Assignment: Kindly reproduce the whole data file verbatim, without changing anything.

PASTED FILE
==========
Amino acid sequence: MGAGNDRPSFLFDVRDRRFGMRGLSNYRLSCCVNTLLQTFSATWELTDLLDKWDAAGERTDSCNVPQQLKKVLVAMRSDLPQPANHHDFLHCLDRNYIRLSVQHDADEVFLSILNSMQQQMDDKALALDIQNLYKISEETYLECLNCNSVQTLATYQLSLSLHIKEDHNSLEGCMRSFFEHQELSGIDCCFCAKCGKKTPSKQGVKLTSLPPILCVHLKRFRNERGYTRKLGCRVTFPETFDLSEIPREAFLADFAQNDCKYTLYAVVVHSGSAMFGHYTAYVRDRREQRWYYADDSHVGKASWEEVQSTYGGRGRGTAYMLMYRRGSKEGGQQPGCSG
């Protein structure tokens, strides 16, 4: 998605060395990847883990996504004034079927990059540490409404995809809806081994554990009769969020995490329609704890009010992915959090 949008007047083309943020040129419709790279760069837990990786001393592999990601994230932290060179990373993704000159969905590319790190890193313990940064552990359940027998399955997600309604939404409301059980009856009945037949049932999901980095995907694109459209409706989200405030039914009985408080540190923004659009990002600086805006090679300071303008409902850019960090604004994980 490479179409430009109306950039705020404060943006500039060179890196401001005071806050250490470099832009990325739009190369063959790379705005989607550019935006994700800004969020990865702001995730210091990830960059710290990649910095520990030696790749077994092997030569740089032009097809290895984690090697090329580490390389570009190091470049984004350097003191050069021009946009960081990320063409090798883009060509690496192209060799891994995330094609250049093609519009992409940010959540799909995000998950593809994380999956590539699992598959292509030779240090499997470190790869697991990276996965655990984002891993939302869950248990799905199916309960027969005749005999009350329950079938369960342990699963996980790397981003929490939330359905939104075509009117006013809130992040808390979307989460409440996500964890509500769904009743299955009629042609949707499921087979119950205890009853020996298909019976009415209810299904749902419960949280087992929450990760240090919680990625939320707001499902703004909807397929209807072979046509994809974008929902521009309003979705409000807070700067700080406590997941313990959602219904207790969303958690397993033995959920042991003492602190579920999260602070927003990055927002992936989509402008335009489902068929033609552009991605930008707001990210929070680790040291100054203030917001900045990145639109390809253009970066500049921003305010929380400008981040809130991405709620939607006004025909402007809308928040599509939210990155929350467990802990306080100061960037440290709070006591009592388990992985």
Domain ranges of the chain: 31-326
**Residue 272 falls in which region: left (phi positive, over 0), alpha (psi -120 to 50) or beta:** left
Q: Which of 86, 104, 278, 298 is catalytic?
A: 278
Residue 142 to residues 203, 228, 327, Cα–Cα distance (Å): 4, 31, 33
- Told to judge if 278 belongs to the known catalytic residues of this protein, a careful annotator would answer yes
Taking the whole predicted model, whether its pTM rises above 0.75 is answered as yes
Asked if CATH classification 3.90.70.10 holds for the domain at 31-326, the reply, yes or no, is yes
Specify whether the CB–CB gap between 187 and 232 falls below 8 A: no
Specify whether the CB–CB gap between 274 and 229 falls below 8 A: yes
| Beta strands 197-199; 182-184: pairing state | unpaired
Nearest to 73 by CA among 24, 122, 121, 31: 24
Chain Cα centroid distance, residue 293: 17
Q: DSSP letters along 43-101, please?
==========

Amino acid sequence: MGAGNDRPSFLFDVRDRRFGMRGLSNYRLSCCVNTLLQTFSATWELTDLLDKWDAAGERTDSCNVPQQLKKVLVAMRSDLPQPANHHDFLHCLDRNYIRLSVQHDADEVFLSILNSMQQQMDDKALALDIQNLYKISEETYLECLNCNSVQTLATYQLSLSLHIKEDHNSLEGCMRSFFEHQELSGIDCCFCAKCGKKTPSKQGVKLTSLPPILCVHLKRFRNERGYTRKLGCRVTFPETFDLSEIPREAFLADFAQNDCKYTLYAVVVHSGSAMFGHYTAYVRDRREQRWYYADDSHVGKASWEEVQSTYGGRGRGTAYMLMYRRGSKEGGQQPGCSG
């Protein structure tokens, strides 16, 4: 998605060395990847883990996504004034079927990059540490409404995809809806081994554990009769969020995490329609704890009010992915959090 949008007047083309943020040129419709790279760069837990990786001393592999990601994230932290060179990373993704000159969905590319790190890193313990940064552990359940027998399955997600309604939404409301059980009856009945037949049932999901980095995907694109459209409706989200405030039914009985408080540190923004659009990002600086805006090679300071303008409902850019960090604004994980 490479179409430009109306950039705020404060943006500039060179890196401001005071806050250490470099832009990325739009190369063959790379705005989607550019935006994700800004969020990865702001995730210091990830960059710290990649910095520990030696790749077994092997030569740089032009097809290895984690090697090329580490390389570009190091470049984004350097003191050069021009946009960081990320063409090798883009060509690496192209060799891994995330094609250049093609519009992409940010959540799909995000998950593809994380999956590539699992598959292509030779240090499997470190790869697991990276996965655990984002891993939302869950248990799905199916309960027969005749005999009350329950079938369960342990699963996980790397981003929490939330359905939104075509009117006013809130992040808390979307989460409440996500964890509500769904009743299955009629042609949707499921087979119950205890009853020996298909019976009415209810299904749902419960949280087992929450990760240090919680990625939320707001499902703004909807397929209807072979046509994809974008929902521009309003979705409000807070700067700080406590997941313990959602219904207790969303958690397993033995959920042991003492602190579920999260602070927003990055927002992936989509402008335009489902068929033609552009991605930008707001990210929070680790040291100054203030917001900045990145639109390809253009970066500049921003305010929380400008981040809130991405709620939607006004025909402007809308928040599509939210990155929350467990802990306080100061960037440290709070006591009592388990992985």
Domain ranges of the chain: 31-326
**Residue 272 falls in which region: left (phi positive, over 0), alpha (psi -120 to 50) or beta:** left
Q: Which of 86, 104, 278, 298 is catalytic?
A: 278
Residue 142 to residues 203, 228, 327, Cα–Cα distance (Å): 4, 31, 33
- Told to judge if 278 belongs to the known catalytic residues of this protein, a careful annotator would answer yes
Taking the whole predicted model, whether its pTM rises above 0.75 is answered as yes
Asked if CATH classification 3.90.70.10 holds for the domain at 31-326, the reply, yes or no, is yes
Specify whether the CB–CB gap between 187 and 232 falls below 8 A: no
Specify whether the CB–CB gap between 274 and 229 falls below 8 A: yes
| Beta strands 197-199; 182-184: pairing state | unpaired
Nearest to 73 by CA among 24, 122, 121, 31: 24
Chain Cα centroid distance, residue 293: 17
Q: DSSP letters along 43-101, please?